Getting start with rfrpi card v1.0 – rf433 for raspberry pi

rfrpi_2RfRpi card is a RF433 emitter and receiver add-on of Raspberry Pi. This card is based on high quality receiver and transmitter I have selected after tests you can find here and here. This article describes how to get start with this shield.

To buy this shield the best way is to sent me a comment on this post, the price is 60€

The Shield is now working with Raspberry PI B+ and previous versions. The Shield is also working with Raspberry PI 2+. For these two last version you need to compile a kernel driver.

 

1 – Get the shield

You can order this shield contacting me (add a comment to this post)

The shield in V1.2 (for RaspberryPI B+ / A+) looks like this:

Raspberry Pi B+ - RFRPI Shield
Raspberry Pi B+ – RFRPI Shield

The shield in V1.1 (for RaspberryPi A&B) looks looks like this (this photo is not contractual, leds & antenna particularly can differ) :

RFPRI shield - High Quality RF433 for raspberry
RFPRI shield – High Quality RF433 for raspberry

The shield is delivered with an antenna and 3 programmable leds

2 – Plug the shield

The first step is to plug the shield, no need to detail how to do it, if you are not sure, just don’t do it ! It’s you own responsibility to plug and use this shield you do it at your own risk.

Once on the RPI is looks like :

RF433 Raspberry PI shield v1.0
RF433 Raspberry PI shield v1.0

For a model B+, I recommend to use this box :

 

rpi_bplus_case

The shield has been done to fit in a raspberry pi A/B box like this one : cyntech-model-a-raspberry-pi-case-black-1-498x498So you can close it in a such box after having created the needed hole for leds & antenna.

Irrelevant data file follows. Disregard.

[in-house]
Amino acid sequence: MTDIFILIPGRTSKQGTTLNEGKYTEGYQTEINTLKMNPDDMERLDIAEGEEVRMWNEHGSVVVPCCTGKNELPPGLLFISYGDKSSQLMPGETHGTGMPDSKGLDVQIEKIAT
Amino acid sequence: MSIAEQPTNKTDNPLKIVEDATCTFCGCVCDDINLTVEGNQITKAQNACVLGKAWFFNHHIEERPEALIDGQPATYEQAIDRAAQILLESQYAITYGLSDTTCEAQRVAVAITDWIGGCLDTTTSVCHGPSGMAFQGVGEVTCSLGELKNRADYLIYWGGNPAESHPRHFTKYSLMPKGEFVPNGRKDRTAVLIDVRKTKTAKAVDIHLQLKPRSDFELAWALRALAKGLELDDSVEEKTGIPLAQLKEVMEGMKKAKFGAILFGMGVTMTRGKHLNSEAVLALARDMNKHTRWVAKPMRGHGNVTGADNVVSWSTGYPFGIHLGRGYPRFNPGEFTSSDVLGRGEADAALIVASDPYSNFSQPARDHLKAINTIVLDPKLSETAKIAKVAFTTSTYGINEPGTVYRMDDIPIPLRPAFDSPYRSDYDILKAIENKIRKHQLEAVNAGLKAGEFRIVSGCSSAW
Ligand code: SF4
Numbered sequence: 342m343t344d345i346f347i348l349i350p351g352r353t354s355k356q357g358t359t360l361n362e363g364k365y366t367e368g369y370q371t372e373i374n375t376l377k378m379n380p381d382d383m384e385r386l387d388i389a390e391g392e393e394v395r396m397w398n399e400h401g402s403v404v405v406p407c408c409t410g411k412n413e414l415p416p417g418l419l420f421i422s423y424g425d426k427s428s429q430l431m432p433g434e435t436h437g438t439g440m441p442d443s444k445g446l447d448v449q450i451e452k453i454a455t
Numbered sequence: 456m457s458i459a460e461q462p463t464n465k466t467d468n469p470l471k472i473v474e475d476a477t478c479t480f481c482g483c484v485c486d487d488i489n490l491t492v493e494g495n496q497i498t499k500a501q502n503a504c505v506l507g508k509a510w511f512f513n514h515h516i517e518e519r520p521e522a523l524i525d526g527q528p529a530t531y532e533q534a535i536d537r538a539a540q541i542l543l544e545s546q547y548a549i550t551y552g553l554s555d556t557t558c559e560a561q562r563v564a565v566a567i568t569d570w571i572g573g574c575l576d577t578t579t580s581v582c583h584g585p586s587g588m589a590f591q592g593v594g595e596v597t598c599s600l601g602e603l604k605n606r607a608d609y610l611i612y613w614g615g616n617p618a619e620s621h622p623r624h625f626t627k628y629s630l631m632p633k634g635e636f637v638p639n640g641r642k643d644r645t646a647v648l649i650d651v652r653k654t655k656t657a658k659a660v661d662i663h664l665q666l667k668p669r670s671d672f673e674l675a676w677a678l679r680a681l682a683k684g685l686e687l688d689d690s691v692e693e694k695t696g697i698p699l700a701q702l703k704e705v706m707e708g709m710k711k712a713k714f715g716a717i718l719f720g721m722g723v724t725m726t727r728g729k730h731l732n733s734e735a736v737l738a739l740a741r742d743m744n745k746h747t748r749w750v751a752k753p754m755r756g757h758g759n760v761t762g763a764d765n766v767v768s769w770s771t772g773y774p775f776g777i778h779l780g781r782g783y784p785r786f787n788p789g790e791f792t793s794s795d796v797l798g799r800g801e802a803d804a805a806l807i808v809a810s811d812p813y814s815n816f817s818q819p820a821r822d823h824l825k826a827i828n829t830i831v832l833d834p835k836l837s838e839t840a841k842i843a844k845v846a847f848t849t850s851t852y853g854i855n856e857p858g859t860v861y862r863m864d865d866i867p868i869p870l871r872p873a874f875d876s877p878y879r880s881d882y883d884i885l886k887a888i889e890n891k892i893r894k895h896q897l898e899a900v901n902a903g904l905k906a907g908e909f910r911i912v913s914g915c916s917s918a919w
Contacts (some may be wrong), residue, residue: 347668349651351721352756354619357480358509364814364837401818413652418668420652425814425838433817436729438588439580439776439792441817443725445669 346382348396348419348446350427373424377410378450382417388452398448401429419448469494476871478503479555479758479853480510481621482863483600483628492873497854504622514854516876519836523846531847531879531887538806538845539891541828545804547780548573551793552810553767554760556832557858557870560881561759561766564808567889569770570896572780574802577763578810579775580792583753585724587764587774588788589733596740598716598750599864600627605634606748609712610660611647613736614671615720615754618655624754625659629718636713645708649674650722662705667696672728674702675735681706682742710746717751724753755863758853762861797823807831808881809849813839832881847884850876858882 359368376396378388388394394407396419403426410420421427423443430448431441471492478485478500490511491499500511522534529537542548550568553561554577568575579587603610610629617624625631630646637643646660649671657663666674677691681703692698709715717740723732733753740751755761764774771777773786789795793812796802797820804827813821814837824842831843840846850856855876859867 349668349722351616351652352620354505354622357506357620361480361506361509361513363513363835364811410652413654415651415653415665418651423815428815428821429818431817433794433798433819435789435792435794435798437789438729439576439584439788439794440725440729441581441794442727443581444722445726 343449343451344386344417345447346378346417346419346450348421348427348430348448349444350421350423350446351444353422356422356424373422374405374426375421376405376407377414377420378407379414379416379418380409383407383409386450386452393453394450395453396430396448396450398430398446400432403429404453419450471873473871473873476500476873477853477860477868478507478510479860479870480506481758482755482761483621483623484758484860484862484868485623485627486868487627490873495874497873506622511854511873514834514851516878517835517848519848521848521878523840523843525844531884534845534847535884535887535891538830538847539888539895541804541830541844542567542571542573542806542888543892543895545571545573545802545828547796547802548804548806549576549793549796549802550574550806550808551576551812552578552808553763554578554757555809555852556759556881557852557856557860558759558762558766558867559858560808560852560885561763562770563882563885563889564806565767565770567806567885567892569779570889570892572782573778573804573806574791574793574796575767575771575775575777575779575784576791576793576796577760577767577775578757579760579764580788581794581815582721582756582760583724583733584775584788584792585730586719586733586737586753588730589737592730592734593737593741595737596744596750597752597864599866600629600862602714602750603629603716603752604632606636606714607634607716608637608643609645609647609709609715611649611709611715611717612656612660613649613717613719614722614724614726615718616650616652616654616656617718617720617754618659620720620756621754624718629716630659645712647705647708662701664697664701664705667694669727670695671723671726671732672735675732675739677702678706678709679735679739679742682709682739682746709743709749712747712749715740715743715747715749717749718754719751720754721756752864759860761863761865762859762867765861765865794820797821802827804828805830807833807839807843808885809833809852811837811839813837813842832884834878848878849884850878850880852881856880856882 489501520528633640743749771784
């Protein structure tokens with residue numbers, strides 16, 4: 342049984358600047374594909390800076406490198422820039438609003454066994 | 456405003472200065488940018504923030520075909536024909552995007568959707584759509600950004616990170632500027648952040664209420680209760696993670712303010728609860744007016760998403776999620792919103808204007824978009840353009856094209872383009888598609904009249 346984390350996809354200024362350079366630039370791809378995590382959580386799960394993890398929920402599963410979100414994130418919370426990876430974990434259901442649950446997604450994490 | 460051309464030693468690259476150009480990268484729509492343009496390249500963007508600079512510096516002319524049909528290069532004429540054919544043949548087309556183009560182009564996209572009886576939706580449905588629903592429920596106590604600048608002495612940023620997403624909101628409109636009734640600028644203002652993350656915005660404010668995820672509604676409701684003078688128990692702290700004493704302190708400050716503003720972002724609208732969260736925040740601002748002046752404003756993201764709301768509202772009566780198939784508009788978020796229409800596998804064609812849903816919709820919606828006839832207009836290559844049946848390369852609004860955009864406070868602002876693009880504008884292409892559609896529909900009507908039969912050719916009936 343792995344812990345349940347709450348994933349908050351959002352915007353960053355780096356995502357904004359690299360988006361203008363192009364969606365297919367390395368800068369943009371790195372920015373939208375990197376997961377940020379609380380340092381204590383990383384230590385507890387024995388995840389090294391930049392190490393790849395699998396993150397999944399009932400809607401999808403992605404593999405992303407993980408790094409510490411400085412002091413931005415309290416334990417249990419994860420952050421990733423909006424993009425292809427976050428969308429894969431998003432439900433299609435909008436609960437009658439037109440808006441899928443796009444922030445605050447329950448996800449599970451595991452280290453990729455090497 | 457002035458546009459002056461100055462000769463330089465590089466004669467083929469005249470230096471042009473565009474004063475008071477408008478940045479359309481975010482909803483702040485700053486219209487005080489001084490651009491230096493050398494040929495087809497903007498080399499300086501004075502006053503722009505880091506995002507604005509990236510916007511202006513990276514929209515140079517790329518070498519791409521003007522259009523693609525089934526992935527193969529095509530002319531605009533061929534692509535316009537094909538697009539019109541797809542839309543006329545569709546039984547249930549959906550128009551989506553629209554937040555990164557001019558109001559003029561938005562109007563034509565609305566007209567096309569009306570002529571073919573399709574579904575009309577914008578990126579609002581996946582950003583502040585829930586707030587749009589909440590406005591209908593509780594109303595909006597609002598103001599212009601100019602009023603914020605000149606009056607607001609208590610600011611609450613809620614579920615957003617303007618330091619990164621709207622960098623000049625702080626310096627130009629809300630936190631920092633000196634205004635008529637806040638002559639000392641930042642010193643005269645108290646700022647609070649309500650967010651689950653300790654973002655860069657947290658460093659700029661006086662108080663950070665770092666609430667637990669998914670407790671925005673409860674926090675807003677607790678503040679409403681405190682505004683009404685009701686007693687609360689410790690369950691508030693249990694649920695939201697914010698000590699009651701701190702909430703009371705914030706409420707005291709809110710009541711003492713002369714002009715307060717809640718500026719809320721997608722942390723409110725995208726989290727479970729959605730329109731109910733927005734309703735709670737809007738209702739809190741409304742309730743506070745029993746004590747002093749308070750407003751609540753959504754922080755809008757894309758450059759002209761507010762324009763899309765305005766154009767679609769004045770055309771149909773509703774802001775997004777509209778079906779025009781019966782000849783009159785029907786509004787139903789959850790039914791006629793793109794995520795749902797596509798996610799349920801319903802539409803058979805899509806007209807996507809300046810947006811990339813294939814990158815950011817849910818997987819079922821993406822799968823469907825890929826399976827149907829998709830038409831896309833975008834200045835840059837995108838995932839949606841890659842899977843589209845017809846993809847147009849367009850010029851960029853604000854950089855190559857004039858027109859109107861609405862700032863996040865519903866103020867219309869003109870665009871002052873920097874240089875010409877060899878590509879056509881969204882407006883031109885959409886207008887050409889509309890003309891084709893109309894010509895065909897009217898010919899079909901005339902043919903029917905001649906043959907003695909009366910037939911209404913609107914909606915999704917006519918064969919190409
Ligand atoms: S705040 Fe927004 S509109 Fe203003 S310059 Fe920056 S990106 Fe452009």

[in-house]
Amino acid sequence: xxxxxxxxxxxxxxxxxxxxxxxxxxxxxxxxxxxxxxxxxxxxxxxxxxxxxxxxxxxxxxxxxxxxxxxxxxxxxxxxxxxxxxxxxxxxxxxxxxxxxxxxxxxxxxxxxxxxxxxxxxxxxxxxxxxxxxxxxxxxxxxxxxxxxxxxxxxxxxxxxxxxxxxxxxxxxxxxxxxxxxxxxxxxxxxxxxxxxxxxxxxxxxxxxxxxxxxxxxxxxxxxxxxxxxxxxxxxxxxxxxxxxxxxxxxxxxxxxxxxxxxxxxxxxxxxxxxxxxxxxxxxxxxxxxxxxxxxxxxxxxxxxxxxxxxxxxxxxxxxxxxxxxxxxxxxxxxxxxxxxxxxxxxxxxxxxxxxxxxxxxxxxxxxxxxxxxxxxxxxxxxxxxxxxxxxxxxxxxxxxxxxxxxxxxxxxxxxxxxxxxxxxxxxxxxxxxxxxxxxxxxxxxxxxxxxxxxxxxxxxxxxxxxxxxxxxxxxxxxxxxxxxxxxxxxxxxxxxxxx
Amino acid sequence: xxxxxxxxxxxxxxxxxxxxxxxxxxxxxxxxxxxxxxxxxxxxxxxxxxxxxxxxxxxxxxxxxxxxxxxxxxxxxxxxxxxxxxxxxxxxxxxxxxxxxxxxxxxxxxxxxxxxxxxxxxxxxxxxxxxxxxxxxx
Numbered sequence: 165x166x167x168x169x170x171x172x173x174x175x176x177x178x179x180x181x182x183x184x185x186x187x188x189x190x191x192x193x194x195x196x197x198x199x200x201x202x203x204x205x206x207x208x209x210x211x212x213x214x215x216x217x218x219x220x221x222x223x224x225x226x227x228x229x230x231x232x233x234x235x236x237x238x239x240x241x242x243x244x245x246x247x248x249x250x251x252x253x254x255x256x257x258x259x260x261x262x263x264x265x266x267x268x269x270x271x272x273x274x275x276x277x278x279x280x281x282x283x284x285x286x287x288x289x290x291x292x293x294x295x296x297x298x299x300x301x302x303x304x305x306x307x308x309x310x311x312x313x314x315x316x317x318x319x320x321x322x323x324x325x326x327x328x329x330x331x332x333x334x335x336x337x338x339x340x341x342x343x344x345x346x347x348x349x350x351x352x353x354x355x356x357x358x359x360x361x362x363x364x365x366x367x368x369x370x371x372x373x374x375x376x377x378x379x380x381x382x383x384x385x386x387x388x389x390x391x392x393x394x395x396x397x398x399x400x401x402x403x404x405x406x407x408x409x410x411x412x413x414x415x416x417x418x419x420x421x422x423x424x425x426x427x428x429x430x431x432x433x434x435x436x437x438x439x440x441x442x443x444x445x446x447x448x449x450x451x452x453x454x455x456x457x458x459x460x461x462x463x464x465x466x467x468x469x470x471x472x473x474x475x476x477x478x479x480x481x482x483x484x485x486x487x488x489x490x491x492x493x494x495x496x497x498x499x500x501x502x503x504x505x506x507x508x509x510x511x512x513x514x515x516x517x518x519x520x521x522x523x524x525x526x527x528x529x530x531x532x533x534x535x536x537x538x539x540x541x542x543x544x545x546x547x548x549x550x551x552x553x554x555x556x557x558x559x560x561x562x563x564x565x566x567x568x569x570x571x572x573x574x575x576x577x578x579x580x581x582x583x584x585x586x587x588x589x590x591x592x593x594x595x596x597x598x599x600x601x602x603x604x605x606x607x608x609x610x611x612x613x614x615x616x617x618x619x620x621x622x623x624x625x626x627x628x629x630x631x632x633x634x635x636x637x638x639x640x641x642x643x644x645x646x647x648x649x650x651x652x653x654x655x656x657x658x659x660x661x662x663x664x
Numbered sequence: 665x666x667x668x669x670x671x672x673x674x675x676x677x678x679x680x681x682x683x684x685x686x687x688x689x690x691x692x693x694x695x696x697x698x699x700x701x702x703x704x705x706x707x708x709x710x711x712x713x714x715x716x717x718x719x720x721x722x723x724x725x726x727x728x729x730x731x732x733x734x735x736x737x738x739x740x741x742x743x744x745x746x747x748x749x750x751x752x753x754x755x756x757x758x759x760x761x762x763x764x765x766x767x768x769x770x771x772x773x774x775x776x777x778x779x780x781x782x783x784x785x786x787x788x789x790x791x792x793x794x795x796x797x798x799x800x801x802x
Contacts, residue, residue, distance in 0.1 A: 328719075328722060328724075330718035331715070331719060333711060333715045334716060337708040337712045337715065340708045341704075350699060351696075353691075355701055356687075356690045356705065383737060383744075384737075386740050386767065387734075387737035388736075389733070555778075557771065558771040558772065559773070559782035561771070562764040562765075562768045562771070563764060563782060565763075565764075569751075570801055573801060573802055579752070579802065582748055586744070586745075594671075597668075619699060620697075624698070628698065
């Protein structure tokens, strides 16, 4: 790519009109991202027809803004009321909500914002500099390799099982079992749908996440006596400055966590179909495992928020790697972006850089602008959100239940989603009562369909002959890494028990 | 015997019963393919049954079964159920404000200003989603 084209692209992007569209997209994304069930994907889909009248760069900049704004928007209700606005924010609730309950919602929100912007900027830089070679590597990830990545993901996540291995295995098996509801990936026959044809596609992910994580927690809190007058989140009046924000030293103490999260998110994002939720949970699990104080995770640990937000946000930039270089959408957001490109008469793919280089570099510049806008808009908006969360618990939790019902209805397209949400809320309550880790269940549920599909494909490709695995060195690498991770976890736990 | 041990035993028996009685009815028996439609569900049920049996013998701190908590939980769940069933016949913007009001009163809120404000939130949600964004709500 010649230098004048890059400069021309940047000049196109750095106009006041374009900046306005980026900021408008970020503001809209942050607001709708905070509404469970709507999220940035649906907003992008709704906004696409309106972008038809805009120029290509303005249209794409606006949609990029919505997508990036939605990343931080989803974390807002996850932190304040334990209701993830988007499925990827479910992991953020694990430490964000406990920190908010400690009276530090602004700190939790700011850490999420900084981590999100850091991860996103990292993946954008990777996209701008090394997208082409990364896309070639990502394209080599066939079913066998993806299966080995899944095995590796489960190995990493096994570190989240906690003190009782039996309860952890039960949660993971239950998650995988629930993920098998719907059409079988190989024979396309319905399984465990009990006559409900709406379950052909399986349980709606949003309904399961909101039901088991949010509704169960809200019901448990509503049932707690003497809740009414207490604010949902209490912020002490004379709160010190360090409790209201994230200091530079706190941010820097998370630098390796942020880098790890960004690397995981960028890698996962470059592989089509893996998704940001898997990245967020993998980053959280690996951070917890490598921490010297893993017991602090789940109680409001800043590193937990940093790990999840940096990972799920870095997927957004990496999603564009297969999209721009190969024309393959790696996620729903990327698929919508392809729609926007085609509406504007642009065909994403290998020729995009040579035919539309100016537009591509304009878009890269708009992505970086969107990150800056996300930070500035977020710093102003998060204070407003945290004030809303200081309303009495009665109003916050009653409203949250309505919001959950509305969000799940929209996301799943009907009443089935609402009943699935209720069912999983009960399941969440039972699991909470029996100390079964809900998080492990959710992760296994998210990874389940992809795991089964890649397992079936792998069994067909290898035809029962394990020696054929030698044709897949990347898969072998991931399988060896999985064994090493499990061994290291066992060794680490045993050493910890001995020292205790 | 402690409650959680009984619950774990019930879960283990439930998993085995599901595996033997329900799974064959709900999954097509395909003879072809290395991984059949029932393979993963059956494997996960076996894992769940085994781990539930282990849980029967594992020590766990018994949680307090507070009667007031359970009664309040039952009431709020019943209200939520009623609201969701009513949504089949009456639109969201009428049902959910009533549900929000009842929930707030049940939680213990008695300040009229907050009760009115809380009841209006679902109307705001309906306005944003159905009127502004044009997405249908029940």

This look like this at the end (depending of the used antenna), this photo is not contractual !

rfrpi_3

3 – Install a Raspbian image

This tutorial is based on 2014-01-07-wheezy-raspbian.zip (be careful, this link is pointing to the latest. It should be work be it should not be the one I used)

The first step is to get the zip file and flash the Sdcard with its content, you can refer to this tutorial for doing it : http://elinux.org/RPi_Easy_SD_Card_Setup

On Mac, but it is also working on Linux, in a terminal type mount (or dmesg) to identify what disk is associated to the Sdcard once plugged in. You can also use the follwoing tool:

In case the SD Card has been mounted automatically you can unmount

Then umount the partition of this disk if they have been auto-mounted.  At end, fire the flash command line :

# dd if=/path/to/the/raspbian.img of=/dev/diskX bs=1m

The flashing procedure is long, by pressing CTRL+T, you can get a status report.

Once done, plug the sdcard, connect HDMI, keyboard then power the raspberry pi.

The next steps are about basic configuration to get started.

  • From the main menu, select expand file system : this is enlarging the file system to the whole sdcard (raspbian per default in 2GB, if your sdcard is larger, this process will allow you to access space over 2GB). Just validate, raspbian will be back to this menu after expending process.
raspi-config main menu
raspi-config main menu
  • From the main menu, configure your keyboard layout (this have to be done if you are not using a standard Qwerty). Select Internationalization Options in the menu
raspi-config - change keybord layout
raspi-config – change keybord layout